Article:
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Geology for Engineers 2013 - 3A8 (5 ECTS)

 

Lecturers: Dr. Quentin Crowley, Mr. Bruce D Misstear

Course Organisation

This course consists of 33 lectures over 11 weeks, together with 4 practical exercises and a fieldtrip to a local site of geological interest. All practicals, the field trip and 9 weeks of lectures (geology) are given by Quentin Crowley, the remaining lectures (hydrogeology) are given by Bruce Misstear.

 

Engineering Semester or Term

Start Week

Hours of Associated Practical Sessions

End Week

Lectures

Tutorials

Per Week

Total

Per Week

Total

2

12

8

22

3

33

0

0

Total Contact Hours: 41

Course Description

 

Geology for Engineers provides an introduction to several areas of Earth Sciences that impact the engineer, including geological materials, earth surface processes, hydrocarbon exploration and production, natural disasters and climate change. Engineers often need to work with geologists. This course will enable the student to operate effectively in such a team by explaining terminology and concepts in the fields stated above. The course also provides the engineer with a natural, regional-scale context in which to place site-specific questions. Financial and time pressures on the engineer necessarily force him/her to concentrate on the site-specific aspects of geology, such as the mechanical properties of the ground and the local risk of natural hazards like flooding, subsidence or earthquakes. This course provides examples of how such local-scale phenomena can be better predicted using knowledge of regional-scale geological processes. The student will learn the kind of questions that geologists can answer, allowing him/her to better assess how much time/money to spend on geological investigations for any given project.

Learning Outcomes

On completion of this course the student will be able to:

  • Recognise standard terminology, including basic classification systems for geological materials, and terminology applied to important plate tectonic, surface and climatic processes.
  • Describe the formation and internal structure of planet Earth and describe plate tectonic theory.
  • Explain how natural hazards such as earthquakes, tsunamis and volcanoes relate to plate tectonic processes, and explain difficulties in predicting natural disasters.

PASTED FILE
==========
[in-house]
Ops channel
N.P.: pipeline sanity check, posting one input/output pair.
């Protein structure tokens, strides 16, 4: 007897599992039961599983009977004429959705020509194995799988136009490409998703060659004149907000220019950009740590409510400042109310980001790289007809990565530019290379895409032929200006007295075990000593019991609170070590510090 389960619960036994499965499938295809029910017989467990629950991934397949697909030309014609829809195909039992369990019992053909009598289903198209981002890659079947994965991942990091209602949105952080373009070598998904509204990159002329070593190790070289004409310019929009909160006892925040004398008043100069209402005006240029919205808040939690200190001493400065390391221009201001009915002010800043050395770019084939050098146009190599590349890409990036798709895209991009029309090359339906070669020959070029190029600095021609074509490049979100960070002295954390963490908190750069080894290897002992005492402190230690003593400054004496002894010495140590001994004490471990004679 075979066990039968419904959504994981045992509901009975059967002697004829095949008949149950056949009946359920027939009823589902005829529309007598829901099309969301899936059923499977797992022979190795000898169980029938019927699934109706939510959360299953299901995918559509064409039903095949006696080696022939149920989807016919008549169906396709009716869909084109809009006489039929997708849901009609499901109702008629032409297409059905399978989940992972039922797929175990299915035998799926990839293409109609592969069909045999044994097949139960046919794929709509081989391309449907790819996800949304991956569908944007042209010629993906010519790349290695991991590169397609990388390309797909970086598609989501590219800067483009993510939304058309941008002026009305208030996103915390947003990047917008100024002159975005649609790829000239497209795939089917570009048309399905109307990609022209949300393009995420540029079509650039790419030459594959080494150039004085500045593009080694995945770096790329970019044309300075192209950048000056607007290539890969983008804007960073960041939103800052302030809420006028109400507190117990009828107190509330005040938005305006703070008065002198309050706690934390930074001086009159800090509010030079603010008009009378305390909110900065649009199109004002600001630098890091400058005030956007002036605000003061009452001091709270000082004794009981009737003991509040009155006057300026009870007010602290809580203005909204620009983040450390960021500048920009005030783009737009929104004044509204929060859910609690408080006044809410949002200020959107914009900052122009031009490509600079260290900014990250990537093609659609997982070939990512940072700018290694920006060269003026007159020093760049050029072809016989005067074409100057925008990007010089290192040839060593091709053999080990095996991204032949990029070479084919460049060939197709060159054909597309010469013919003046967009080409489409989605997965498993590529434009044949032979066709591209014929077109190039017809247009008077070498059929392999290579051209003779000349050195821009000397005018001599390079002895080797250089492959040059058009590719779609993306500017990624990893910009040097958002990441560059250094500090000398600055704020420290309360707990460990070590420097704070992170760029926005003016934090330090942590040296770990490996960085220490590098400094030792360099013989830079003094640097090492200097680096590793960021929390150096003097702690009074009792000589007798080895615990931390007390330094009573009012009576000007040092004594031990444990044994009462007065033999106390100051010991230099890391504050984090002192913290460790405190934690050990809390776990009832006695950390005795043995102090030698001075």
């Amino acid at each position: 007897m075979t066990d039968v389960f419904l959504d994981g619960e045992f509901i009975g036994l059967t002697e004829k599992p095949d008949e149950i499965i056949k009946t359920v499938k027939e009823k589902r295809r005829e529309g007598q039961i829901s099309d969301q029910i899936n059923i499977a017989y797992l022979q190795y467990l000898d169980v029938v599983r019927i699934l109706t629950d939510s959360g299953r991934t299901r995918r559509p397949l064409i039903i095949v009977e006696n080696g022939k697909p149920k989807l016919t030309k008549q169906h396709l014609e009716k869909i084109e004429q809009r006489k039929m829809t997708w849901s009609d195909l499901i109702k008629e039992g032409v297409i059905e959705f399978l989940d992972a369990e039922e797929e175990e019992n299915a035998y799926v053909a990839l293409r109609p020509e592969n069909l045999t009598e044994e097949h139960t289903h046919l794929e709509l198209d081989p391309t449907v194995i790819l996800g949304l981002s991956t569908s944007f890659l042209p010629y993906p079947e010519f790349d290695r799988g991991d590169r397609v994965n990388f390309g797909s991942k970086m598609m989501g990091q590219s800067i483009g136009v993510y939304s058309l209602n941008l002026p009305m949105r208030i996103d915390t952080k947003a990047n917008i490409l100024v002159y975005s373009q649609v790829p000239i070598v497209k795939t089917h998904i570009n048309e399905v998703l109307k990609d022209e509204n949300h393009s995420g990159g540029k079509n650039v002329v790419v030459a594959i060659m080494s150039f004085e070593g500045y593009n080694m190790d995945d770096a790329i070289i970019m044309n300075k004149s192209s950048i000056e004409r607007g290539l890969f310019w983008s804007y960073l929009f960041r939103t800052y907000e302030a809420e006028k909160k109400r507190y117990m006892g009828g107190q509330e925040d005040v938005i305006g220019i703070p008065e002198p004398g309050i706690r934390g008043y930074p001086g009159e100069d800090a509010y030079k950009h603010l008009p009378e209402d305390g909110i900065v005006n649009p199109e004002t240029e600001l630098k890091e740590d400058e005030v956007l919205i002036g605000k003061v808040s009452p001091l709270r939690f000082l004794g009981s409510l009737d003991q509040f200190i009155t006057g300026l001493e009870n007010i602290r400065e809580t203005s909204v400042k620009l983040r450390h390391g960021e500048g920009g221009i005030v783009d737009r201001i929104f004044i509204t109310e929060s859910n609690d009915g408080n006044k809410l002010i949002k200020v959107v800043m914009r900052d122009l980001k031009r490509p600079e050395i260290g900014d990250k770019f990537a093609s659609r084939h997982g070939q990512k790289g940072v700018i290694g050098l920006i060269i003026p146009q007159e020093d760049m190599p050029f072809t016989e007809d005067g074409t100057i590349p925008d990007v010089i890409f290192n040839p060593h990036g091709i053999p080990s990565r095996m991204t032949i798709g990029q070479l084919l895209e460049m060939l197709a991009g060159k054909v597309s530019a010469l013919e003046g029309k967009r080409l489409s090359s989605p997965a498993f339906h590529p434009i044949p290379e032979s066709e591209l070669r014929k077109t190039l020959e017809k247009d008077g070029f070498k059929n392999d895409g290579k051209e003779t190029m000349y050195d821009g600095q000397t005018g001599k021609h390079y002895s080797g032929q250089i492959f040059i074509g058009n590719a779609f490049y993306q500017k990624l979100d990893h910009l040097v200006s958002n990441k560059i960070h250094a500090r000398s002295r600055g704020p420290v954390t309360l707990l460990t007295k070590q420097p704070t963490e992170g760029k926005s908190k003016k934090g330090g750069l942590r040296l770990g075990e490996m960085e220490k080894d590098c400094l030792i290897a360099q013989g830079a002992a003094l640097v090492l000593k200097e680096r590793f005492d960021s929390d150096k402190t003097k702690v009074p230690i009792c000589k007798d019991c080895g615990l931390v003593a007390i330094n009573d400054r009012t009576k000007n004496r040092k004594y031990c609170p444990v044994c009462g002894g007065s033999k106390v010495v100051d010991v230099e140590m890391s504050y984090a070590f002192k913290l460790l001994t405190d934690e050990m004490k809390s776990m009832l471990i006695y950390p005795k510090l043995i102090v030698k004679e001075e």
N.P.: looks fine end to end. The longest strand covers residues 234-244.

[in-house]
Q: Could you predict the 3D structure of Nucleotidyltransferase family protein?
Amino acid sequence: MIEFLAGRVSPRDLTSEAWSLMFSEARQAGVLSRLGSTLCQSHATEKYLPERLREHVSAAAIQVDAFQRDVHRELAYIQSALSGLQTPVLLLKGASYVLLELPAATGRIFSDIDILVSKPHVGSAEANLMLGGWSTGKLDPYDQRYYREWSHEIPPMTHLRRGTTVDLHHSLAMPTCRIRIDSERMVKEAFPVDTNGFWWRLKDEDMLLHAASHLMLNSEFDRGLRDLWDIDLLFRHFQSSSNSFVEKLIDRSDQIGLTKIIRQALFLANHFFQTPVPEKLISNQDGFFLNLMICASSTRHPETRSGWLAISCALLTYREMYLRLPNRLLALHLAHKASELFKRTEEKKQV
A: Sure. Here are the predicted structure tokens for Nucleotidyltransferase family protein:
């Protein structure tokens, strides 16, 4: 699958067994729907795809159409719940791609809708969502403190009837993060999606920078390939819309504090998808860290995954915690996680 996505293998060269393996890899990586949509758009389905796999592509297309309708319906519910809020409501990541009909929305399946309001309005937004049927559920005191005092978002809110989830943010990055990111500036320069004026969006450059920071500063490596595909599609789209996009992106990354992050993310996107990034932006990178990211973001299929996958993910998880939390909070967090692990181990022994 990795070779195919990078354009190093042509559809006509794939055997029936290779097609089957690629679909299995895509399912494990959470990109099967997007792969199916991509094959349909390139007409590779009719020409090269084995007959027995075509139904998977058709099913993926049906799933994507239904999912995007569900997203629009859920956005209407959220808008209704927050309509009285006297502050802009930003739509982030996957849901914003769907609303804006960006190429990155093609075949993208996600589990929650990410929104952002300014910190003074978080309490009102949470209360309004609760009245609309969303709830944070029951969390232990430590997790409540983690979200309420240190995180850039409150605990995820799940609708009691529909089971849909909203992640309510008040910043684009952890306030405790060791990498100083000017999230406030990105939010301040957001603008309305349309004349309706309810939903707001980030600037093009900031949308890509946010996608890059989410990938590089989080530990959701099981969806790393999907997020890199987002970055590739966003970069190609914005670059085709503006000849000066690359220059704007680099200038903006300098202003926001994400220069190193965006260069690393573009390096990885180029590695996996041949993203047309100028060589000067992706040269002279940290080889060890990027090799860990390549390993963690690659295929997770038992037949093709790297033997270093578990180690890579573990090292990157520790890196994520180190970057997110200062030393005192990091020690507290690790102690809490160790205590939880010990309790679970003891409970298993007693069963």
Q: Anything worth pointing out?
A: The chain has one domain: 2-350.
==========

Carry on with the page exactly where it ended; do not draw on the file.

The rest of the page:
• Explain the generation of hydrocarbons within sedimentary basins, use simple exploration techniques, and compare technologies for hydrocarbon exploration and extraction.
  • Describe the roles of glacial, fluvial, hill slope, coastal and submarine processes in forming the natural environment, and appraise whether engineering solutions are appropriate in managing surface processes.
  • Explain the major controls on global climate, describe evidence for natural climate change in the geological record, and assess the engineer’s role in managing anthropogenic climate change.
  • Explain the sources and distribution of radon in Ireland, describe engineering solutions to alleviate high indoor radon levels.
  • Define basic terms in hydrogeology and apply equations of groundwater flow to simple engineering situations.

 

Course Content

 

  •  Planet Earth [Dr Q. Crowley]
    • Earth’s internal structure: core, mantle, crust
    • Plate tectonics – Deformation of the plates: faulting and folding
    • Earthquake seismology
    • Describing and classifying rocks and minerals
    • Measuring geological time
  • Volcanic Processes [Dr Q. Crowley]
    • Controls on physical properties of magma
    • Principles of multi-phase geophysical flows
    • Eruption dynamics
    • Important mineral deposits produced by volcanic processes
  •  Sedimentary basins and Hydrocarbons [Dr Q. Crowley]
    • Imaging sedimentary basins using reflection seismology
    • Types of sedimentary basin
    • Generation of hydrocarbons within sedimentary basins
    • Hydrocarbon exploration techniques
  • Geology of Ireland [Dr Q. Crowley]
    • Tectonic overview
    • Basement structure
    • Examples of igneous rock
    • Main occurrences of metamorphic rock
    • Clastic and carbonate sediments
  • Earth surface processes [Dr Q. Crowley]
  • Glacial landforms and sediments
  • Weathering, slope and river processes
  • Coastal processes
  • Role of society in controlling surface processes
  • Natural hazards [Dr Q. Crowley]
    • Earthquakes
    •  Tsunamis
    • Volcanic hazards
    • Radon and other radiological hazards
  • Climate [Dr Q. Crowley]
    • Role of atmosphere, oceans and the solid Earth in controlling climate
    • The Greenhouse Effect
    • Milankovitch cycles
    • Role of society in moderating climate change
  • Hydrogeology [B.D. Misstear]
  • Hydrogeological terms
  • Occurrence of groundwater
  • Groundwater head and groundwater flow
  • Application of hydrogeology to landfill site selection and design
  • Groundwater protection

Assessment

 

Assessment is by one two hour exam at the end of the second semester. All of the material taught in the course (including practicals and field trip) is examinable.

 

Recommended Texts

Understanding Earth (second edition), Press & Siever
The Solid Earth (second edition), Fowler
Geology Basics for Engineers, Parriaux
Introducing Groundwater (second edition), Price
Water wells and boreholes, Misstear, Banks & Clark

 

Further Information

Course material, including geology handout notes, practical exercises and past exam papers will be made available in Quentin Crowley’s (crowleyq) GET folder on a week by week basis during the module. Information on how to access GET folders can be found at here


Last updated 26 July 2017 nmcginle@tcd.ie.